Since Differentiation of a sinusoidal function of a certain angular frequency gives a sinusoidal function of the same frequency, does the statement "Integration of a sinusoidal function of certain frequency gives again a sinusoidal of same frequency" holds true or not?

I am asking this as I recall I have read that the second statement does not hold good but I cannot figure out now why.


1 Answer 1


Yes and no.

If you recall from Calculus, if $g(t) = \frac{d}{dt} f(t)$, then $\int g(t)\ dt = f(t) + C$. So, since the derivative of a sinusoid is a sinusoid of the same frequency, if $g(t)$ sinusoidal, its integral must be a sinusoid of the same frequency, plus a constant.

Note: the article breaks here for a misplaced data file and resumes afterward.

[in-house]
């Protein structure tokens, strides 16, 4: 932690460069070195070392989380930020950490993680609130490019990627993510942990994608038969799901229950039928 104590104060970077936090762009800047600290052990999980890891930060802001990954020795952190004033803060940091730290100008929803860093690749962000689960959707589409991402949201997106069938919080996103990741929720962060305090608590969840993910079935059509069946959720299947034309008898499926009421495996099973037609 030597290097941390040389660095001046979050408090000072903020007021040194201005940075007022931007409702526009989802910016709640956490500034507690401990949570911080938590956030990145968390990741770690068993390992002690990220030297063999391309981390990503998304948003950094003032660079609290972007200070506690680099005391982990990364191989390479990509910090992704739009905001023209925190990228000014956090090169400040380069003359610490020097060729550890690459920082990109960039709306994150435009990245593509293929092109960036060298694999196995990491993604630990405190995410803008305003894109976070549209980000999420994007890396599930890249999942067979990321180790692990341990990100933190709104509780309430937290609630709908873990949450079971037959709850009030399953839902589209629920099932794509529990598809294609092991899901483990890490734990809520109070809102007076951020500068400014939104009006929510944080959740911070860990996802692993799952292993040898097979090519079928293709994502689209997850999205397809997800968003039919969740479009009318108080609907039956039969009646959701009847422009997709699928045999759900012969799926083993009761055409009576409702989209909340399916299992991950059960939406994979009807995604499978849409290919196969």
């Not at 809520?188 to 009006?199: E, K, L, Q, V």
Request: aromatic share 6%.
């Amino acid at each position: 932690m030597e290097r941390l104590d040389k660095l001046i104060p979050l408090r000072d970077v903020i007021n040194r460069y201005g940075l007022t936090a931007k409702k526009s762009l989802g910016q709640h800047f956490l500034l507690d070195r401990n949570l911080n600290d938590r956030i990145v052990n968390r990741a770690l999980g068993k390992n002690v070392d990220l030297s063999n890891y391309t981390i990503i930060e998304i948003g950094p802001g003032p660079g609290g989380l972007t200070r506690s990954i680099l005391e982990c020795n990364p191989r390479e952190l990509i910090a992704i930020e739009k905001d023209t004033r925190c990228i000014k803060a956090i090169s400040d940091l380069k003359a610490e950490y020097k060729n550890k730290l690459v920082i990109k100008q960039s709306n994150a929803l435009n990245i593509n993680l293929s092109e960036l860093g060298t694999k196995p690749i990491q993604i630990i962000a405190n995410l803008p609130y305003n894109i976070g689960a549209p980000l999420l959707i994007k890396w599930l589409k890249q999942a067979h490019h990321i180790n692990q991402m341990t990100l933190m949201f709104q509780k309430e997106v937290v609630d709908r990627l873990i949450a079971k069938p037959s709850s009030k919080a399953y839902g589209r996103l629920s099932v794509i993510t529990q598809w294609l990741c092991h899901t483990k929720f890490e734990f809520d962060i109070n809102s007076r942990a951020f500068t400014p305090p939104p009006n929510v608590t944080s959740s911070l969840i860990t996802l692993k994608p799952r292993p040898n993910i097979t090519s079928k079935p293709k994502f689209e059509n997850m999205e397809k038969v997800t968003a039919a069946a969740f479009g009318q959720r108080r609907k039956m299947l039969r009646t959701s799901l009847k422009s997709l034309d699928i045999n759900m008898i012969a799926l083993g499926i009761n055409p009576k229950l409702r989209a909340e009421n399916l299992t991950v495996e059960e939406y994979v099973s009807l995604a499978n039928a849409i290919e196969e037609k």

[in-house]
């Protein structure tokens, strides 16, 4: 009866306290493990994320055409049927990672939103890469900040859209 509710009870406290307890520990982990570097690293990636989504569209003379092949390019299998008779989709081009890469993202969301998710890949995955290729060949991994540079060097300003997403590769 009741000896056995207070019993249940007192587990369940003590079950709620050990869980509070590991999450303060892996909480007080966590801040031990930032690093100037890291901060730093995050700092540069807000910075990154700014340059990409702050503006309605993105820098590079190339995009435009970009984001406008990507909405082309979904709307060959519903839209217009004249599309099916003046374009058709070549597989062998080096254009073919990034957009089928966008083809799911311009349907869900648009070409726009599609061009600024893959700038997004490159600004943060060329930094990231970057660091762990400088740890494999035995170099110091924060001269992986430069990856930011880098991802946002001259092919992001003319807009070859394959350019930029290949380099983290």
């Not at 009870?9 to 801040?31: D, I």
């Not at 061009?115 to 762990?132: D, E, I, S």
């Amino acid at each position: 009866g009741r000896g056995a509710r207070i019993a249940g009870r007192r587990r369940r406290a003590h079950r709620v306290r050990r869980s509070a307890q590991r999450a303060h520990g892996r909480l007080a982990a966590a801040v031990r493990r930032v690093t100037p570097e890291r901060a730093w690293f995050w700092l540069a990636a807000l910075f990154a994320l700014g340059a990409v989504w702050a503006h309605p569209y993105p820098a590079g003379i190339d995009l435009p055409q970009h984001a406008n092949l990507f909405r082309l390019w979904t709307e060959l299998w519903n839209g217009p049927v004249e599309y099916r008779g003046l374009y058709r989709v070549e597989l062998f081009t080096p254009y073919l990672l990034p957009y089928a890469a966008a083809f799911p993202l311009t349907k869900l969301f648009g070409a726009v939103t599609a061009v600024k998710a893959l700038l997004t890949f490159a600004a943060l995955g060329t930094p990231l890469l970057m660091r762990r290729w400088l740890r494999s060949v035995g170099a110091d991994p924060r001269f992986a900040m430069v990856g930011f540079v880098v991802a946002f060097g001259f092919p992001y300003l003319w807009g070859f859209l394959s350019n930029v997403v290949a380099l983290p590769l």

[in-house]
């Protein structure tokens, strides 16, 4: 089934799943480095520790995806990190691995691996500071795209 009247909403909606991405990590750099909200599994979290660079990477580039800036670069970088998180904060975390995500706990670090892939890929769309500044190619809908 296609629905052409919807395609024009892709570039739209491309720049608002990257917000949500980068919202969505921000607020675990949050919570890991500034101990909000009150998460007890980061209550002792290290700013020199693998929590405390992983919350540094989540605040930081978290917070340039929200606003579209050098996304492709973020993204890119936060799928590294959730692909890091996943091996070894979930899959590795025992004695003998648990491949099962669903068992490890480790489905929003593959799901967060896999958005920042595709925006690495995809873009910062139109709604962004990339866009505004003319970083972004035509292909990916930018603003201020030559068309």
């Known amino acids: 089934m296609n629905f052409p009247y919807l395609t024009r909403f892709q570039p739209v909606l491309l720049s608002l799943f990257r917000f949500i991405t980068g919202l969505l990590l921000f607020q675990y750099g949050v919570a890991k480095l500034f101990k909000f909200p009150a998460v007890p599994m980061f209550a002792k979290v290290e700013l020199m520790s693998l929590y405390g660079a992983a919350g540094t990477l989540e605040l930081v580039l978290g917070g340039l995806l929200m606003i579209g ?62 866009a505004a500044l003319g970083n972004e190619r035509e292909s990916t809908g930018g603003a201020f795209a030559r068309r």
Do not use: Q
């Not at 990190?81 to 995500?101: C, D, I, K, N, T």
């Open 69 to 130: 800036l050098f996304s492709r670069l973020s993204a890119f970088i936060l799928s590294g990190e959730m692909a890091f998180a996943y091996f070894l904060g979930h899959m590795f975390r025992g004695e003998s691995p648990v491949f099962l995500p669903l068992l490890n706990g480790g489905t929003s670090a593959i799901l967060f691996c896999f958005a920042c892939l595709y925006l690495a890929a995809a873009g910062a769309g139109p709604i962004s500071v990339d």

Whether that "plus a constant" bit is going to make you consider the integral of a sinusoid to not be a sinusoid is up to you. Depending on the problem at hand, that constant term may or may not be a deal breaker for the "sinusoid-ness" of the result.

  • 1
    $\begingroup$ If we interpret "gives again a sinusoidal of same frequency" in a strict sense, yes. It indeed gives "a sinusoidal", plus something else $\endgroup$ Sep 18, 2021 at 10:13
  • $\begingroup$ Thanks, I was just wondering what might be the case that integrating a sinusoid giving a really different function. Yeah, I think so that context may not be treating DC component as a part of general sinusoidal signal. $\endgroup$ Sep 18, 2021 at 14:16

Your Answer

By clicking “Post Your Answer”, you agree to our terms of service and acknowledge you have read our privacy policy.

Not the answer you're looking for? Browse other questions tagged or ask your own question.